5. Alessandra Faggian & Philip McCann & Stephen Sheppard, 2007. "Some Evidence That Women Are More Mobile Than Men: Gender Differences In U.K. Graduate Migration Behavior," Journal of Regional Science, Wiley Blackwell, vol. 47(3), pages 517-539.
    6. Aycan Çelikaksoy & Helena Nielsen & Mette Verner, 2006. "Marriage migration: just another case of positive assortative matching?," Review of Economics of the Household, Springer, vol. 4(3), pages 253-275, September.
    7. Coulombe Serge & Tremblay Jean-François, 2006. "Literacy and Growth," The B.E. Journal of Macroeconomics, De Gruyter, vol. 6(2), pages 1-34, August.
    8. Mayer, Thierry & Zignago, Soledad, 2006. "Notes on CEPII’s distances measures," MPRA Paper 26469, University Library of Munich, Germany.
    9. Andrew R. Morrison & Maurice Schiff & Mirja Sjöblom, 2007. "The International Migration of Women," World Bank Publications, The World Bank, number 6804.
    10. Gil S. Epstein & Ira N. Gang, 2006. "The Influence of Others on Migration Plans," Review of Development Economics, Wiley Blackwell, vol. 10(4), pages 652-665, November.
    11. Stephen Knowles & Paula K. Lorgelly, 2002. "Are educational gender gaps a brake on economic development? Some cross-country empirical evidence," Oxford Economic Papers, Oxford University Press, vol. 54(1), pages 118-149, January.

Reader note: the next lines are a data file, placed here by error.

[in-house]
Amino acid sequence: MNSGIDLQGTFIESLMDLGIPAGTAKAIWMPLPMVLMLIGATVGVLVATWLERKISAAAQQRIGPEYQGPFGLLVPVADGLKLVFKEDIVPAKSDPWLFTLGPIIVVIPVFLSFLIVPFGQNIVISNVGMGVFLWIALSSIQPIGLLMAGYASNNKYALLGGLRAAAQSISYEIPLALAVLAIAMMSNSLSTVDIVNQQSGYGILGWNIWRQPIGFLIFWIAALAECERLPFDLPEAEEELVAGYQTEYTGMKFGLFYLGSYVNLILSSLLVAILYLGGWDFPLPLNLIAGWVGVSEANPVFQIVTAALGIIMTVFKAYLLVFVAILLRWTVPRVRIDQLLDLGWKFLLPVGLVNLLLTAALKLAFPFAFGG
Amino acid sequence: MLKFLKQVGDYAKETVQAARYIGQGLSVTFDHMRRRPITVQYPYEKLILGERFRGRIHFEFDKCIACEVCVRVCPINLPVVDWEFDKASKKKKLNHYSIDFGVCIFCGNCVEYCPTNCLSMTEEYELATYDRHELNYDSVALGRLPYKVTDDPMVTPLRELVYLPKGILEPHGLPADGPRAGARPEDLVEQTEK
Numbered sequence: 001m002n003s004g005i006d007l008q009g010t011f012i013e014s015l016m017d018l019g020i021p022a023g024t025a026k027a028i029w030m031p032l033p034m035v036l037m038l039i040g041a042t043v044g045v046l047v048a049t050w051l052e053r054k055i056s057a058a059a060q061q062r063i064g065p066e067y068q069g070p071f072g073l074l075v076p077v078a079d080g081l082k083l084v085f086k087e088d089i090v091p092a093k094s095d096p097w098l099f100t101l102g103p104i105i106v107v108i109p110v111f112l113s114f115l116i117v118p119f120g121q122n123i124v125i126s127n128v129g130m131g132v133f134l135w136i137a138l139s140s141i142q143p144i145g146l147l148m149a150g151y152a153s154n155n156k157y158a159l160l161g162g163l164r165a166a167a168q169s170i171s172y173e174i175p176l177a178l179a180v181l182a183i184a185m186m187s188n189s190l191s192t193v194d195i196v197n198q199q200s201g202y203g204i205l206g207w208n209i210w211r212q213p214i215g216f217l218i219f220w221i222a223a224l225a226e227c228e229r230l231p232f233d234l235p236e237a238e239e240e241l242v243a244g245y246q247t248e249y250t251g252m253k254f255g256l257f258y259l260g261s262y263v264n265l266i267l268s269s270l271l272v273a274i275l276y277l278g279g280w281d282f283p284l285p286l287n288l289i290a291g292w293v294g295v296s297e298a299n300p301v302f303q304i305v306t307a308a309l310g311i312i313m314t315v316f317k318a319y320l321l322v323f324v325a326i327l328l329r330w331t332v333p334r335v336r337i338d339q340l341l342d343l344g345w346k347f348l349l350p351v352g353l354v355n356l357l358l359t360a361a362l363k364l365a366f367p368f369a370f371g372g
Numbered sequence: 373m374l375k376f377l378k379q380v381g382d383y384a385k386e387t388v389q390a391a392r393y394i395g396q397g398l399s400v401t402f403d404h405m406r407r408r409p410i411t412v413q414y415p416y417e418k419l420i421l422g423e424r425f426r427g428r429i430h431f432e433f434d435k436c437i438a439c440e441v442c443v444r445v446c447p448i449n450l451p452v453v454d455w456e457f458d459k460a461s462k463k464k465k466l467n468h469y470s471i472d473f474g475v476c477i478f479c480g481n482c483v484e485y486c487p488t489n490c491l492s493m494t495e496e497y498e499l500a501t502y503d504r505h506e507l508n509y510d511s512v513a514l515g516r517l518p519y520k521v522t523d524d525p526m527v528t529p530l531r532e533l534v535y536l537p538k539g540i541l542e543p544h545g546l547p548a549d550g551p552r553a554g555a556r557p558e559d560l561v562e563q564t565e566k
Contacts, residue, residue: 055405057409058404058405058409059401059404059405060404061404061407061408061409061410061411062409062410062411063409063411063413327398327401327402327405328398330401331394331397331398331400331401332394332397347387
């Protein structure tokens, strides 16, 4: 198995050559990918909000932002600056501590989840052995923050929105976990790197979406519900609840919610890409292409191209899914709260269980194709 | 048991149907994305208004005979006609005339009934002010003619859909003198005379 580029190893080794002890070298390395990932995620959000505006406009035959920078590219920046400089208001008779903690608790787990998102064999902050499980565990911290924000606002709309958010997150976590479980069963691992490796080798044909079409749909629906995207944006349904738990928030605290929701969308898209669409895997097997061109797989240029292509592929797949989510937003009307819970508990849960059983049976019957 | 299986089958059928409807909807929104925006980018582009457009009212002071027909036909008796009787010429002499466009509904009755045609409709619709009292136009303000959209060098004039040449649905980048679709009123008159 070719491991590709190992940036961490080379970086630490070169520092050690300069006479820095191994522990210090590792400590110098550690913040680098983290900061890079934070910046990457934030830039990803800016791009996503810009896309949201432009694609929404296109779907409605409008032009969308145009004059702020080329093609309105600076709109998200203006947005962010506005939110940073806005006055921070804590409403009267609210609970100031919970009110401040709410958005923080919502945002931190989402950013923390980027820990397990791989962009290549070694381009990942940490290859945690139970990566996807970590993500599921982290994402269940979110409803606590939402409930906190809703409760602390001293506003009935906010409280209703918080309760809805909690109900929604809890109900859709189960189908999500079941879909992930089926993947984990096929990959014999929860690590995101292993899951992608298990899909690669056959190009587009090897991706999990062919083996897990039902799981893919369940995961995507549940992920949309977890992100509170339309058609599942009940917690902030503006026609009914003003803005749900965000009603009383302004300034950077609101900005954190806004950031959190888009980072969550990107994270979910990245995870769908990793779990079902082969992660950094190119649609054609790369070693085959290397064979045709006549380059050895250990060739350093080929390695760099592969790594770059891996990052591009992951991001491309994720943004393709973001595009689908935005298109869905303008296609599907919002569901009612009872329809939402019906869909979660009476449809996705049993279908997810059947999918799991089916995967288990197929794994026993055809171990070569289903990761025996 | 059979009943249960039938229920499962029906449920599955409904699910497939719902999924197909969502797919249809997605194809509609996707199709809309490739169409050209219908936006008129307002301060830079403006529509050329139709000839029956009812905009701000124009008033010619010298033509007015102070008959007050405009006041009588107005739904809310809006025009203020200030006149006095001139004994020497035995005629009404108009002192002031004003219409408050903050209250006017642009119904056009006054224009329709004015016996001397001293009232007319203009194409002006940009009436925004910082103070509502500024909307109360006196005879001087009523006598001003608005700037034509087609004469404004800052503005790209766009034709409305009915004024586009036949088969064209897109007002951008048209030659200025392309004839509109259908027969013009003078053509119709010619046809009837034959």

12. Sara Curran & Estela Rivero-Fuentes, 2003. "Engendering migrant networks: The case of Mexican migration," Demography, Springer;Population Association of America (PAA), vol. 40(2), pages 289-307, May.
    13. Abdeslam Marfouk, 2007. "Brain Drain in Developing Countries," World Bank Economic Review, World Bank Group, vol. 21(2), pages 193-218, June.
    14. Cobb-Clark, Deborah A, 1993. "Immigrant Selectivity and Wages: The Evidence for Women," American Economic Review, American Economic Association, vol. 83(4), pages 986-993, September.
    15. Dumont, Jean-Christophe & Martin, John P. & Spielvogel, Gilles, 2007. "Women on the Move: The Neglected Gender Dimension of the Brain Drain," IZA Discussion Papers 2920, Institute for the Study of Labor (IZA).
    16. Frédéric Docquier & B. Lindsay Lowell & Abdeslam Marfouk, 2009. "A Gendered Assessment of Highly Skilled Emigration," Population and Development Review, The Population Council, Inc., vol. 35(2), pages 297-321.
    17. Marcela Cerrutti & Douglas Massey, 2001. "On the auspices of female migration from Mexico to the United States," Demography, Springer;Population Association of America (PAA), vol. 38(2), pages 187-200, May.
    18. Blackden, Mark & Canagarajah, Sudharshan & Klasen, Stephan & Lawson, David, 2006. "Gender and Growth in Sub-Saharan Africa: Issues and Evidence," WIDER Working Paper Series 037, World Institute for Development Economic Research (UNU-WIDER).
    Full references (including those not matched with items on IDEAS)


    Citations are extracted by the CitEc Project, subscribe to its RSS feed for this item.

    Cited by: